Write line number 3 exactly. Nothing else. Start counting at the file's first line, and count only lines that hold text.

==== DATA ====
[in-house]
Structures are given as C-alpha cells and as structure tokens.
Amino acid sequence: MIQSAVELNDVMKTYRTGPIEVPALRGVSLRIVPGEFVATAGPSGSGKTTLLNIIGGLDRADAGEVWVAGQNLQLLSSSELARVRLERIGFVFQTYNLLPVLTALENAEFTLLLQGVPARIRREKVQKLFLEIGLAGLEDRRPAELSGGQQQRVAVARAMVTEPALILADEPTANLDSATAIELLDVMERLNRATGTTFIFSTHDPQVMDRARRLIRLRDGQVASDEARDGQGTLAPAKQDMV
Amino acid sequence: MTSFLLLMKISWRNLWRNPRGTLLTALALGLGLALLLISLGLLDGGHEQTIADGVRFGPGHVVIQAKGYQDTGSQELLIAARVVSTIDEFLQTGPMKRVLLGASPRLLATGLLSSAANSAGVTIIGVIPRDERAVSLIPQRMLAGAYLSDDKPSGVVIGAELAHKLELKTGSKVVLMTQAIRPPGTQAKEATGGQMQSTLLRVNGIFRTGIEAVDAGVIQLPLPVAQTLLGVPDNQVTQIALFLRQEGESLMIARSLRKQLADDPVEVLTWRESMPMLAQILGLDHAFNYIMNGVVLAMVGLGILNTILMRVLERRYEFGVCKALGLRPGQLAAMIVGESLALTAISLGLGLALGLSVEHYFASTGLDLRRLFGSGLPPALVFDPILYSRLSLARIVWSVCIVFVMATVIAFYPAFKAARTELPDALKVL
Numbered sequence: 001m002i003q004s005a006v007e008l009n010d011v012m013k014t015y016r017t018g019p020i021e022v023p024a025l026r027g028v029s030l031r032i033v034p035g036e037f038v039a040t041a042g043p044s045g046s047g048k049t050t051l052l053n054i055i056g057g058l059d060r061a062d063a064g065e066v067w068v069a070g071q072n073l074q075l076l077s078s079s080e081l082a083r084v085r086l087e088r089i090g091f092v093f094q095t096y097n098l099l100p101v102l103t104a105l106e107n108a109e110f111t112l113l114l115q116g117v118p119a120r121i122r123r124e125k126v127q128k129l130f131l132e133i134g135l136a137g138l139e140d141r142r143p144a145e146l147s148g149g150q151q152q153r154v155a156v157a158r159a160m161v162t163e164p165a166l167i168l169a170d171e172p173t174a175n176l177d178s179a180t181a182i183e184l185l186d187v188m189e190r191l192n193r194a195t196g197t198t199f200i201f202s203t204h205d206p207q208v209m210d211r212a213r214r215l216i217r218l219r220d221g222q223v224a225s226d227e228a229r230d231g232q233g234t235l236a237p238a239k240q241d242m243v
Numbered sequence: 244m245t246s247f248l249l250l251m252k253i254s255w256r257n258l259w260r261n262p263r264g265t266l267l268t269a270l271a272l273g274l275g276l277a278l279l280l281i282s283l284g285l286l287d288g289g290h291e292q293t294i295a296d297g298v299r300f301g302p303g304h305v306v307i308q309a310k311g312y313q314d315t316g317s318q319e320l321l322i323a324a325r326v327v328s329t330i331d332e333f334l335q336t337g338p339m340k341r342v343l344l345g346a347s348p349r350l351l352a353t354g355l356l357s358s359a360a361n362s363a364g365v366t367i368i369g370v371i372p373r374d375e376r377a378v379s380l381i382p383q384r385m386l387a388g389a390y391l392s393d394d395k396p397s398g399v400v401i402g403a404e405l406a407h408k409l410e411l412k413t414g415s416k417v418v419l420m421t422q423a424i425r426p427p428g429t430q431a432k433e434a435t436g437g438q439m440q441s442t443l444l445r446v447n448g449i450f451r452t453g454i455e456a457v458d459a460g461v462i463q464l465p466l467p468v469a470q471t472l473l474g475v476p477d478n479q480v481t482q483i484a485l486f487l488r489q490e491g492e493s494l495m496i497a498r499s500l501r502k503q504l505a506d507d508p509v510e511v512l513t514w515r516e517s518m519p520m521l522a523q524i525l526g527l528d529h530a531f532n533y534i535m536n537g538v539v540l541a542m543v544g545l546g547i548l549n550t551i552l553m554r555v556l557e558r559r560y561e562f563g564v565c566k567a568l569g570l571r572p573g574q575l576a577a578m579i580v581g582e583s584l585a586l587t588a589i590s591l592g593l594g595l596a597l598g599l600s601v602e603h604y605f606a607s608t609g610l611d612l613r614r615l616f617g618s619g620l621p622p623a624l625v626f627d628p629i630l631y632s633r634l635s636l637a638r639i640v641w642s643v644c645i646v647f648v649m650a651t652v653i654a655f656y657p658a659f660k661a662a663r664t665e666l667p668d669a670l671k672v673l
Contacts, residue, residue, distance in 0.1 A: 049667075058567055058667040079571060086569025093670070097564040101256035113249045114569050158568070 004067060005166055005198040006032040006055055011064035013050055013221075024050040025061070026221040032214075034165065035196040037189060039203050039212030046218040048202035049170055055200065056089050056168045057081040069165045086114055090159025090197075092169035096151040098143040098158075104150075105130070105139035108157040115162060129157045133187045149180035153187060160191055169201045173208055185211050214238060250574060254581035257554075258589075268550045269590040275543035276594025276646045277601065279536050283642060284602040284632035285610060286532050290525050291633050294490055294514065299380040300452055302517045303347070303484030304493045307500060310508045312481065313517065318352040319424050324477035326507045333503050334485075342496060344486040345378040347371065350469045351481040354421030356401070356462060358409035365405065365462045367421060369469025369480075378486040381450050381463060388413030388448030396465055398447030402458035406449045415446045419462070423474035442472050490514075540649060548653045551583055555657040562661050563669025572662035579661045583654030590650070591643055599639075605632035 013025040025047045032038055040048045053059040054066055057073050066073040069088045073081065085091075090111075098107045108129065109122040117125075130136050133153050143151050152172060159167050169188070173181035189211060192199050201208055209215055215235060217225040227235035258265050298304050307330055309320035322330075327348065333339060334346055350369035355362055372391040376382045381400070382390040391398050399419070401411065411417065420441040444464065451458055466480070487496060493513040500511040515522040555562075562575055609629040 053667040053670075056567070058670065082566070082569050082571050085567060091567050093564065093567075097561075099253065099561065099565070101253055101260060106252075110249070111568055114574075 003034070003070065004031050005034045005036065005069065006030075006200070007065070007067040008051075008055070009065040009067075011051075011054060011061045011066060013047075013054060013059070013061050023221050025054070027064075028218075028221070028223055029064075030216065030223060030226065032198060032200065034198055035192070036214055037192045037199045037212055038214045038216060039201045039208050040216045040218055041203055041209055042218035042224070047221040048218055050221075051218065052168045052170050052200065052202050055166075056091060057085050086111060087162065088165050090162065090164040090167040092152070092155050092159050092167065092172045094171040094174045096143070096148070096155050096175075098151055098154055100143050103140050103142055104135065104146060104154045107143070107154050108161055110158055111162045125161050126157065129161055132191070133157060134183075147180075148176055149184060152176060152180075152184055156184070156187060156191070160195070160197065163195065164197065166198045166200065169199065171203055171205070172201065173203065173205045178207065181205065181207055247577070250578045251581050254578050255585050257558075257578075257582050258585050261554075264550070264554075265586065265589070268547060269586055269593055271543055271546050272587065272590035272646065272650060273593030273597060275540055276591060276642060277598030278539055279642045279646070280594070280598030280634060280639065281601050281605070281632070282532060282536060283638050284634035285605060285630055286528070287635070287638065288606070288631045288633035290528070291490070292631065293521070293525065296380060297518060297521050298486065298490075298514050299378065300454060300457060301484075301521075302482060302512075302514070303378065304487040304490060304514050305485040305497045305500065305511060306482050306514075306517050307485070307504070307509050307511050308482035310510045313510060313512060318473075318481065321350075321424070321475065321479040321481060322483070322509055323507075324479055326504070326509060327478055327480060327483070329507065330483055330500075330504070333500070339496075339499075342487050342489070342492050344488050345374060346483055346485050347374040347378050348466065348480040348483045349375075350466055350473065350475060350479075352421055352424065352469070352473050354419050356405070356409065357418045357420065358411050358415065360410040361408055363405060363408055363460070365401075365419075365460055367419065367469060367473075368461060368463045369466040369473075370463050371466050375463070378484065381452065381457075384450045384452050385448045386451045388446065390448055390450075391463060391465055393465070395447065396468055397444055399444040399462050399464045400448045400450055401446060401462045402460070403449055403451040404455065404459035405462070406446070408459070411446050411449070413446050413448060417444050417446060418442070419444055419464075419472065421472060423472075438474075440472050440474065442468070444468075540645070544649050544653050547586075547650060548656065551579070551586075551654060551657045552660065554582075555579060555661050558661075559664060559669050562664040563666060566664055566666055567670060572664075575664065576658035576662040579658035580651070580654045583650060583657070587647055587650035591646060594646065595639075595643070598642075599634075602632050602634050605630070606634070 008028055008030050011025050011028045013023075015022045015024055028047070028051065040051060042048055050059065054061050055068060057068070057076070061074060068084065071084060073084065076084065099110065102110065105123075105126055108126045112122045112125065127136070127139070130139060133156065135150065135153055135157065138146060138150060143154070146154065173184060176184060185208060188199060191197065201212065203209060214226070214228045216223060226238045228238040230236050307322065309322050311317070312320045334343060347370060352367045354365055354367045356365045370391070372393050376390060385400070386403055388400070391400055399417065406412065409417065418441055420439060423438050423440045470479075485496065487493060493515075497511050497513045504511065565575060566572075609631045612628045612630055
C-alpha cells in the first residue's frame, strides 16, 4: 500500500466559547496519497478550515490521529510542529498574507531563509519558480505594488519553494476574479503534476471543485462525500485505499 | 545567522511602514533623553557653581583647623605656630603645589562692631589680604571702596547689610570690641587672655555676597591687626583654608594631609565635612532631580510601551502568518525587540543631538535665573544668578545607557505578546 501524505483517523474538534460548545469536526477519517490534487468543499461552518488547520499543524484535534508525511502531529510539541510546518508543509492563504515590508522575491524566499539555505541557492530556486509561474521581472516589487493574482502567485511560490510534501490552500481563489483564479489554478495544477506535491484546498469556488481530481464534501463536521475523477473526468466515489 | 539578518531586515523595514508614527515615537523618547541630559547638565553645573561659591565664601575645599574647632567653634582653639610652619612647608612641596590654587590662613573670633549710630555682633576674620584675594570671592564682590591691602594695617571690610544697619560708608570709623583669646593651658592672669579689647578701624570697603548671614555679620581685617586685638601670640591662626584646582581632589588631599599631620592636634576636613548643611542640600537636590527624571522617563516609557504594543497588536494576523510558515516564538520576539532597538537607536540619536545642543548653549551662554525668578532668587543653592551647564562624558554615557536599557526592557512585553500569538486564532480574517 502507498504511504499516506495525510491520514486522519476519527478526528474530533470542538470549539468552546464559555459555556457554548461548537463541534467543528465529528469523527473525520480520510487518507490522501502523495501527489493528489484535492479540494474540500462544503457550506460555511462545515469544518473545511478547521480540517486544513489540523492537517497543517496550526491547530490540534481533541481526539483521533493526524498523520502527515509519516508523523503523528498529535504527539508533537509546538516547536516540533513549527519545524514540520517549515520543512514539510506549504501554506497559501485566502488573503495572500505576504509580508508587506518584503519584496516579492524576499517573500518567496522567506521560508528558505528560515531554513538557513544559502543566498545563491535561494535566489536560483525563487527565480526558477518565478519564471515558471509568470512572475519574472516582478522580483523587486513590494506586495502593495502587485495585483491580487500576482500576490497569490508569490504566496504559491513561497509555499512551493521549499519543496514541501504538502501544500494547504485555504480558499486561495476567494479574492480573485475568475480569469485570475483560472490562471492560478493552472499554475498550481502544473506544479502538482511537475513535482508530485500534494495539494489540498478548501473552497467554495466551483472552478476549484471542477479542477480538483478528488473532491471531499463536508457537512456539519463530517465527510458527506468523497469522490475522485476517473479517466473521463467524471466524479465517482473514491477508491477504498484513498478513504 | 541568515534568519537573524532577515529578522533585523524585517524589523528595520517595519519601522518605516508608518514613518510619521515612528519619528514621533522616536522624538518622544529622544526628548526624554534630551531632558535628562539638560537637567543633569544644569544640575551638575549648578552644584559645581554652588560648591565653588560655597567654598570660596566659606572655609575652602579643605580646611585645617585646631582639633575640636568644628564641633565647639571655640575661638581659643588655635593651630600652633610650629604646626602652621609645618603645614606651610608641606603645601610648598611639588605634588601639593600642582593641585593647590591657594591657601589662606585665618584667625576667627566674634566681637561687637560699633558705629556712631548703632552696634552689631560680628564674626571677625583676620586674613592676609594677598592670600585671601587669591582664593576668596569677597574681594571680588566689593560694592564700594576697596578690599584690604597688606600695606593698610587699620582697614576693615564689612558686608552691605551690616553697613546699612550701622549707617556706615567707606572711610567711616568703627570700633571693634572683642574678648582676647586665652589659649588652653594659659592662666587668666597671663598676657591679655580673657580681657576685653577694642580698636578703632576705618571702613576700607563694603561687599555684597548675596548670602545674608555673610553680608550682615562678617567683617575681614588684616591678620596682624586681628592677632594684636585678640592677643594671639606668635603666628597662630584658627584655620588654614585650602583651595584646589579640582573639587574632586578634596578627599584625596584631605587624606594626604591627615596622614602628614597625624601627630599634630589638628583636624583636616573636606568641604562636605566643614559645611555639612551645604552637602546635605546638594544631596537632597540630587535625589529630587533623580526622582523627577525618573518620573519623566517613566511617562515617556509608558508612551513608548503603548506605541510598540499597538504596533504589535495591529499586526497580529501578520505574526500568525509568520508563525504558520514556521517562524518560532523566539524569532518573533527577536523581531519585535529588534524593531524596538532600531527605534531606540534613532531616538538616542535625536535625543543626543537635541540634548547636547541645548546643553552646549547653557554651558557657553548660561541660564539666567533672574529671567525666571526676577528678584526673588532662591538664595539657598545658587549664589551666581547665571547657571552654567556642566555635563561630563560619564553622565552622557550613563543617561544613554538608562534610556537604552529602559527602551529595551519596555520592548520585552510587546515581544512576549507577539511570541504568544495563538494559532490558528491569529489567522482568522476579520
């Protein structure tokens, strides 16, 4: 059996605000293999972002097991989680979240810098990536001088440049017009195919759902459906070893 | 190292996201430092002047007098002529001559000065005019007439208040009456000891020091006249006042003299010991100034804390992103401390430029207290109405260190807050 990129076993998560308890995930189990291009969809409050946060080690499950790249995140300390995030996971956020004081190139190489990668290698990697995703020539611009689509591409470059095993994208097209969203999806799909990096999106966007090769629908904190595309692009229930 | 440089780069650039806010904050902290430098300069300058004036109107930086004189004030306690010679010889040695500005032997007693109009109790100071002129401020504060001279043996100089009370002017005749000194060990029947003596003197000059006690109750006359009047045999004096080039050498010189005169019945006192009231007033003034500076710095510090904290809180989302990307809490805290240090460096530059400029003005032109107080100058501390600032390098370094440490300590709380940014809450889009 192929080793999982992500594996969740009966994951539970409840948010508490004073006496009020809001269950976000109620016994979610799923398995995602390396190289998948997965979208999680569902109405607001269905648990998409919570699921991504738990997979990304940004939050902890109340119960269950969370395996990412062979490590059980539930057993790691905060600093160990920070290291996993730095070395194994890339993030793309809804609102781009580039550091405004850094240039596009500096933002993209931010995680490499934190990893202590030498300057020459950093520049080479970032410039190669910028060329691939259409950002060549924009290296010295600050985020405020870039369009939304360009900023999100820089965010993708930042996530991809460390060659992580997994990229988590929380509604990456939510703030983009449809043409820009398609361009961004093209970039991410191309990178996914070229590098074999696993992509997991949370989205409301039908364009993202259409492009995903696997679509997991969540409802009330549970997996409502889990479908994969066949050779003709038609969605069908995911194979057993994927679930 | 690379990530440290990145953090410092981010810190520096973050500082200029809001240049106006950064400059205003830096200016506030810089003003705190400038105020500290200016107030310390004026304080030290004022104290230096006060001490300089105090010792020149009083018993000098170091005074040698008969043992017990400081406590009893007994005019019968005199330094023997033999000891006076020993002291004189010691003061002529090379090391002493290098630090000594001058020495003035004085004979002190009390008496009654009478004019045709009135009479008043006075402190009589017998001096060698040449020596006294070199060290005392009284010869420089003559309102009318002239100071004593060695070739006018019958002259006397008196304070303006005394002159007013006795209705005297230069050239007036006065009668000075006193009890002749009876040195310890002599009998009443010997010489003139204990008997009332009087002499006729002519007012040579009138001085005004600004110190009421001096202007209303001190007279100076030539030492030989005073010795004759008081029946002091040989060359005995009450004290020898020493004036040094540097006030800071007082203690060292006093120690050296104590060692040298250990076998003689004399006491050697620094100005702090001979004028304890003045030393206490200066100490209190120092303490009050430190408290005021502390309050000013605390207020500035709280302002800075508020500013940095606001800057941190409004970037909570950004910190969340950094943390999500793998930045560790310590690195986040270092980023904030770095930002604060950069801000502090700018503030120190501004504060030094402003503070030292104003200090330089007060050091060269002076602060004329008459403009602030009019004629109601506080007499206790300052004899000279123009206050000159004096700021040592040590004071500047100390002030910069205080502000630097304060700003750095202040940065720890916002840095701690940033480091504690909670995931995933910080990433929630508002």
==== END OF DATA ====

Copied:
Amino acid sequence: MIQSAVELNDVMKTYRTGPIEVPALRGVSLRIVPGEFVATAGPSGSGKTTLLNIIGGLDRADAGEVWVAGQNLQLLSSSELARVRLERIGFVFQTYNLLPVLTALENAEFTLLLQGVPARIRREKVQKLFLEIGLAGLEDRRPAELSGGQQQRVAVARAMVTEPALILADEPTANLDSATAIELLDVMERLNRATGTTFIFSTHDPQVMDRARRLIRLRDGQVASDEARDGQGTLAPAKQDMV